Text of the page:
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July 22, 2014
08:11 EDTMYOSMYOS reports positive top-line clinical study results for Fortetropin
MYOS announced positive top-line results of its clinical trial designed to study the effects of Fortetropin in conjunction with modest resistance training in male subjects. The University of Tampa clinical trial was designed to analyze important body composition measurements and strength performance at two dose levels of Fortetropin over a twelve week period. The randomized, double-blind, placebo controlled trial clinically demonstrated that Fortetropin resulted in statistically significant increases in both muscle size and lean body mass in average males. The study evaluated 45 male subjects adhering to a supervised nutritional intake program and a monitored modest resistance training regimen over a period of twelve weeks. The various endpoints included skeletal muscle hypertrophy, lean body mass, fat mass and measurements of strength and power. Subjects taking Fortetropin showed significantly improved lean body mass and increased muscle size compared to placebo.
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January 22, 2015
08:12 EDTMYOSMYOS study of Fortetropin mechanism of action shows regulatory effects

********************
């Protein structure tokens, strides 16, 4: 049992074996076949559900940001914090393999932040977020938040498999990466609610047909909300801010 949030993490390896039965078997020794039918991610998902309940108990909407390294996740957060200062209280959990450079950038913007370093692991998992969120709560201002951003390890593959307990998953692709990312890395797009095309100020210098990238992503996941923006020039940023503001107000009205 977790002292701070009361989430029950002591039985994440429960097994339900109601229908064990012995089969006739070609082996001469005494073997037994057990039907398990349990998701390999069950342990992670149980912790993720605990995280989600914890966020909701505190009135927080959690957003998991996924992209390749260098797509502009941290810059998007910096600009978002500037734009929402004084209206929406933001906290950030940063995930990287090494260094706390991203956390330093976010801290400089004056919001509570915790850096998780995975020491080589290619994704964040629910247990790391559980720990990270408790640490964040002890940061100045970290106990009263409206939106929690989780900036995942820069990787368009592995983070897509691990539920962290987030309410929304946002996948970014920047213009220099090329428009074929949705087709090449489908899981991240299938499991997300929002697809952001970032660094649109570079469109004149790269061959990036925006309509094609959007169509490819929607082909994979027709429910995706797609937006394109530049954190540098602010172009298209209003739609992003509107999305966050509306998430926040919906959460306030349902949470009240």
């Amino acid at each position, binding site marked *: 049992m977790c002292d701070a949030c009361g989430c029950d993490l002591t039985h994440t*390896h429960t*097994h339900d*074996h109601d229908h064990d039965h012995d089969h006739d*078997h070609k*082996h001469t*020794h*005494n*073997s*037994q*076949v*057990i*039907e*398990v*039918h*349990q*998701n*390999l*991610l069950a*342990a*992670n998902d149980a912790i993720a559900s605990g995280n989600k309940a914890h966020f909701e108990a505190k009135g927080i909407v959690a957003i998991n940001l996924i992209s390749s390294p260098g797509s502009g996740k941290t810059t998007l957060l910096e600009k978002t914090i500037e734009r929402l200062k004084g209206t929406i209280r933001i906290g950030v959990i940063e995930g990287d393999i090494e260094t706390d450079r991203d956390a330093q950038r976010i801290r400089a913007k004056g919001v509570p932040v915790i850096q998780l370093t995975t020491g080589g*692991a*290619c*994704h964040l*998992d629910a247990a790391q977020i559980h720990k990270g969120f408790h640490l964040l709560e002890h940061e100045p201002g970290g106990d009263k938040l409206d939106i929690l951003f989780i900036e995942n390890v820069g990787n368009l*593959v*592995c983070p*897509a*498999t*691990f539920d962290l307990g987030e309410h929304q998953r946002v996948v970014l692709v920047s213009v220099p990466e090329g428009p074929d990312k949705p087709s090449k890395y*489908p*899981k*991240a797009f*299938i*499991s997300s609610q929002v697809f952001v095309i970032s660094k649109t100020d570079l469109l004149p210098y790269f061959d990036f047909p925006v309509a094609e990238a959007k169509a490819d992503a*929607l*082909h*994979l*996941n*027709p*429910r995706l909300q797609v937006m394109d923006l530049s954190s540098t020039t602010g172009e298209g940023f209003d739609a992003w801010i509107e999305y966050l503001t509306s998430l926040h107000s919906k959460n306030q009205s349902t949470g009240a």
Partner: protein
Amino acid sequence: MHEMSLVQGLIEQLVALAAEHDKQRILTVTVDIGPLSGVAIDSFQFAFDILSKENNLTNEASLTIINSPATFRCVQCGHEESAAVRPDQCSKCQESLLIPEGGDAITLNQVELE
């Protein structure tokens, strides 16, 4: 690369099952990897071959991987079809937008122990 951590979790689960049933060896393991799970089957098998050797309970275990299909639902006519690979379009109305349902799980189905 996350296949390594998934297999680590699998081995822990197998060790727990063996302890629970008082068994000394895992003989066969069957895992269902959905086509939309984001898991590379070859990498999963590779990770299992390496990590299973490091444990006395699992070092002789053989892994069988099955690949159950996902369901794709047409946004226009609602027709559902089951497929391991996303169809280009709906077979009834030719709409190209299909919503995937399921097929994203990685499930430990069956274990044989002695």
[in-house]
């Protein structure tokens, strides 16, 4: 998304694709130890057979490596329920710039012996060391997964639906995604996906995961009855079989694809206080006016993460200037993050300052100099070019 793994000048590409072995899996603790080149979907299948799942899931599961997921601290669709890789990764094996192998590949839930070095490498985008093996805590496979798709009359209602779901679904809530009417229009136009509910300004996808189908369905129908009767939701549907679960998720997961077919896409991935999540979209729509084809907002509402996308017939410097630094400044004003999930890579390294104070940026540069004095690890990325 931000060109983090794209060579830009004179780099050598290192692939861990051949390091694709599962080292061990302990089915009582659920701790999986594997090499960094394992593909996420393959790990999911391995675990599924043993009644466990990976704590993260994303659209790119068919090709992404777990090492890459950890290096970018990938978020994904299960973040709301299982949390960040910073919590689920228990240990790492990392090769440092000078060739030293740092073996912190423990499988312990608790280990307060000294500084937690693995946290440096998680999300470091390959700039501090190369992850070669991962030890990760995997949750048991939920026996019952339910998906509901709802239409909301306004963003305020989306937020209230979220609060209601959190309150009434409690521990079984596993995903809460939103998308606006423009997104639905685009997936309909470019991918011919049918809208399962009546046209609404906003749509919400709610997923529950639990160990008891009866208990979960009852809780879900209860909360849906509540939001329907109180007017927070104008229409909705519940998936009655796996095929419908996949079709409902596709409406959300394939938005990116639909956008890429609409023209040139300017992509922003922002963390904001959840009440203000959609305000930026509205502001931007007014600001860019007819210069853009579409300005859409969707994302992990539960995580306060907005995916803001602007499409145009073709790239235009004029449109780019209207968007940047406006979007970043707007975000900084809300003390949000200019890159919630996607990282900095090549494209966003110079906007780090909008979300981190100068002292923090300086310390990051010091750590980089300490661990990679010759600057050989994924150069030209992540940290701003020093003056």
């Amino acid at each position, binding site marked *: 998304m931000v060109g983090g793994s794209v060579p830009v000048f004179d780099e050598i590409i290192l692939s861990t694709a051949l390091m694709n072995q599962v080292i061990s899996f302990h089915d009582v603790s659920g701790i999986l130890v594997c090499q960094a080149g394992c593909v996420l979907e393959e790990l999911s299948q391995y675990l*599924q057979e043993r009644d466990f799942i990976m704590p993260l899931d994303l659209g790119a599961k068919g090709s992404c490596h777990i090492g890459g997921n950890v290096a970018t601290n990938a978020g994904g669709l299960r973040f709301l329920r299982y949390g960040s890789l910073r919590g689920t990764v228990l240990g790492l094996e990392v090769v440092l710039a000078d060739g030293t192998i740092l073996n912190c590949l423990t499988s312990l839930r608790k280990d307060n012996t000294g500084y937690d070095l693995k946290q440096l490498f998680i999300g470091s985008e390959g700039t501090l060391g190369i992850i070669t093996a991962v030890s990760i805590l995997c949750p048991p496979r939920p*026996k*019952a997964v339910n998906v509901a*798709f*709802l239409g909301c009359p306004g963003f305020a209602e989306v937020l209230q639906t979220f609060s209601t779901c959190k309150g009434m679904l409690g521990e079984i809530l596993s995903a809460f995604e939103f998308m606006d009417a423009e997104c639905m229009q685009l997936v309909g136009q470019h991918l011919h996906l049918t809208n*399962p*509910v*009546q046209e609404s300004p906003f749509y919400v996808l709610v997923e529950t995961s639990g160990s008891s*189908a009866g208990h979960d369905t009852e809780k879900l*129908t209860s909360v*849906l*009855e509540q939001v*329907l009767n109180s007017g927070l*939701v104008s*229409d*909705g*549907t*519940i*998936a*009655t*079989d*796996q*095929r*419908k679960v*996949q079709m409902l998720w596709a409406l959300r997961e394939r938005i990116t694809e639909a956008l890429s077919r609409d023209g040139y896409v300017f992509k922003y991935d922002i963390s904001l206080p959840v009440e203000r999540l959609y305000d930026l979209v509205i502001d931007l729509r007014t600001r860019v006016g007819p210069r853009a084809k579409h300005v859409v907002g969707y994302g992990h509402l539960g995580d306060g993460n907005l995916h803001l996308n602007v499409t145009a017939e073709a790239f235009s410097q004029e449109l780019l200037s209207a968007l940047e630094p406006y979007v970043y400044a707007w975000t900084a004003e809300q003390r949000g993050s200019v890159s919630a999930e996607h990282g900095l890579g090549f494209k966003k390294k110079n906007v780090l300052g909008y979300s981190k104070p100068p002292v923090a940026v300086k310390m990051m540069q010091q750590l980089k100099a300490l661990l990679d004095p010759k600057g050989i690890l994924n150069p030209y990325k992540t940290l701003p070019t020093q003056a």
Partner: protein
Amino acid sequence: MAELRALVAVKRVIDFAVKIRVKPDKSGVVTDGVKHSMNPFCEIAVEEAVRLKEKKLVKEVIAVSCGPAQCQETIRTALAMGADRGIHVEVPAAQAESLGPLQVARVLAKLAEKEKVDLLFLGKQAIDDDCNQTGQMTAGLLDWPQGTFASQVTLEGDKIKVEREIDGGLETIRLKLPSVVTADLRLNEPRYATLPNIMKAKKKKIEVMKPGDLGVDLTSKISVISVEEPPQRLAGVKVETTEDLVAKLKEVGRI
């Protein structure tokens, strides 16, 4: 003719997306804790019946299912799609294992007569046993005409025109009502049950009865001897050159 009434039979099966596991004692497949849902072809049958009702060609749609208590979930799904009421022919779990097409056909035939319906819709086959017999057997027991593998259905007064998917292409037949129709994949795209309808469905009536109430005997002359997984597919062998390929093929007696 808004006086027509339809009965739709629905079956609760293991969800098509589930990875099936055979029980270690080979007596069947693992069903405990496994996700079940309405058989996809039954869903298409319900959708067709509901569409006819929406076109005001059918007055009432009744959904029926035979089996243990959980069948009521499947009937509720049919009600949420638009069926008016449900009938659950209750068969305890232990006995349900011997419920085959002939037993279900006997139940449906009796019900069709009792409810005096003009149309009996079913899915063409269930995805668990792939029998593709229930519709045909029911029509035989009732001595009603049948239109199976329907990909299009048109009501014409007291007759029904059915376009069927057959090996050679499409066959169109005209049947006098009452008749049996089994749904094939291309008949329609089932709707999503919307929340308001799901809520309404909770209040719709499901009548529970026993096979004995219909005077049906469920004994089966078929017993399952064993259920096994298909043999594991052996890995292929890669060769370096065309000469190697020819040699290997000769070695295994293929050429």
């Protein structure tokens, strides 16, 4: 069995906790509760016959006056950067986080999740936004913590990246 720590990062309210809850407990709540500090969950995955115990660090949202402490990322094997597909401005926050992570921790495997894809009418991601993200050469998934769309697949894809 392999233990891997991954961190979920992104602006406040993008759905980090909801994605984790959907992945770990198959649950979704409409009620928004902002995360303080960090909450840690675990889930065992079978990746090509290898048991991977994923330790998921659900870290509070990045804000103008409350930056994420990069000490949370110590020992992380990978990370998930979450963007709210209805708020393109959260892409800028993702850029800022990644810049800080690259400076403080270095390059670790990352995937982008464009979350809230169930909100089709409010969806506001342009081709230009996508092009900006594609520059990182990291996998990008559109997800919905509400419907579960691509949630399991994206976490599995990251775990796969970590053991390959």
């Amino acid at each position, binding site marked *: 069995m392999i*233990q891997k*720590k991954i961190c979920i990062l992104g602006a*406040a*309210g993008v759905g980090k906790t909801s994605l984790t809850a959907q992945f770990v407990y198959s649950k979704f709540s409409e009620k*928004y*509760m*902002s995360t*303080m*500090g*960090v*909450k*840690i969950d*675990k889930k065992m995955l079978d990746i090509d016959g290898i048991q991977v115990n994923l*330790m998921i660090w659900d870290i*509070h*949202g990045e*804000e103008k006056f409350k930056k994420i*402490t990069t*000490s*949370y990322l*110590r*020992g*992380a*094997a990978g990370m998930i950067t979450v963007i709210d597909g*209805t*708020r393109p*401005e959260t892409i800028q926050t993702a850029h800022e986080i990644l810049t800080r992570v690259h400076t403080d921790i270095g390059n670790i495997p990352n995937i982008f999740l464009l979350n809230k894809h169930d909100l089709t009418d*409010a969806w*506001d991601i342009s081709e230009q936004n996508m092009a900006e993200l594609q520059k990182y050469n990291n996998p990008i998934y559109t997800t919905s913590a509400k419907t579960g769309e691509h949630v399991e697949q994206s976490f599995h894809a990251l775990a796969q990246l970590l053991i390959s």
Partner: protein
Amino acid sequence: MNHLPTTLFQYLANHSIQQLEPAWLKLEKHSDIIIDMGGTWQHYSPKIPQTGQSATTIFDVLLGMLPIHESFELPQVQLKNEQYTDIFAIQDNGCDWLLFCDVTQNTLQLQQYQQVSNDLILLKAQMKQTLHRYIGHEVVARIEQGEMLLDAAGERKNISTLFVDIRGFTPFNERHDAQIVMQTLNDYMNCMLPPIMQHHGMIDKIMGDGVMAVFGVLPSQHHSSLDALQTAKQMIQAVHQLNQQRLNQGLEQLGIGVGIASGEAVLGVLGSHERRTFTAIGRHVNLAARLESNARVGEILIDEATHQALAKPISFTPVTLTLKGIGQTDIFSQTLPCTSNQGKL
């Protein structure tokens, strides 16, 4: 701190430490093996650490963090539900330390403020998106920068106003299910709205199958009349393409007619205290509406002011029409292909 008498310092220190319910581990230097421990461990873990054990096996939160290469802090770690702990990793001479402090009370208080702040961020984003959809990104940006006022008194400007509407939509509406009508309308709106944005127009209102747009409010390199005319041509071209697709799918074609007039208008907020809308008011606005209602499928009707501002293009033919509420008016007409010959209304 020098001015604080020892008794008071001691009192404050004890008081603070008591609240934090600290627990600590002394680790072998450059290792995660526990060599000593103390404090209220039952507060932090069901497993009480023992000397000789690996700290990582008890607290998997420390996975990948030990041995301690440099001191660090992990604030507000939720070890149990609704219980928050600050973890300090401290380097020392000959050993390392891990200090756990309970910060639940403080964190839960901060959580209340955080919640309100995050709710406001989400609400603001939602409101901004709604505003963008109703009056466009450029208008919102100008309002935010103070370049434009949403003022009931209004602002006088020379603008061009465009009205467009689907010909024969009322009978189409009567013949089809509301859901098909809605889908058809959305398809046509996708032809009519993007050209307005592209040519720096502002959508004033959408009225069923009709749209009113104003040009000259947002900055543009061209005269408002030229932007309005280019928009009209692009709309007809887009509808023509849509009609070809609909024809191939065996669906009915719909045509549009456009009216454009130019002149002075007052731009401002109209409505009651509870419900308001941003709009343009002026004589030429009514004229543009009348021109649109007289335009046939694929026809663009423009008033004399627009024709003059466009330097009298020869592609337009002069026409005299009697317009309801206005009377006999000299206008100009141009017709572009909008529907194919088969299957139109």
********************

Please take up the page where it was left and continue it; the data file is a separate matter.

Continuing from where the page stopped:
MYOS announced that its mechanism of action studies have identified three key molecular signaling pathways in which Fortetropin exhibits regulatory effects. In addition to reducing serum myostatin levels, MYOS recently completed a preclinical mechanism of action study that demonstrated Fortetropin's activity in mTOR and Ubiquitin, two other crucial signaling pathways in the growth and maintenance of healthy muscle. In addition to myostatin regulation, MYOS' preclinical data also showed that Fortetropin up-regulates the mTOR regulatory pathway. The mTOR pathway is responsible for production of a protein kinase related to cell growth and proliferation that increases skeletal muscle mass. Up-regulation of the mTOR pathway is important in preventing muscle atrophy. Fortetropin's ability to affect the mTOR pathway may have a significant impact in treating patients suffering from degenerative muscle diseases and suggests that Fortetropin-based products may help slow muscle loss secondary to immobility and denervation. Finally, the company's recent animal model study demonstrated that Fortetropin acts to reduce the synthesis of proteins in the Ubiquitin pathway, a highly selective, tightly regulated system that serves to activate muscle breakdown. Over-production in the Ubiquitin pathway is responsible for muscle degradation. Fortetropin's ability to regulate production in the Ubiquitin pathway may have significant implications for repairing age-related muscle loss and for patients suffering from chronic diseases causing cachexia.

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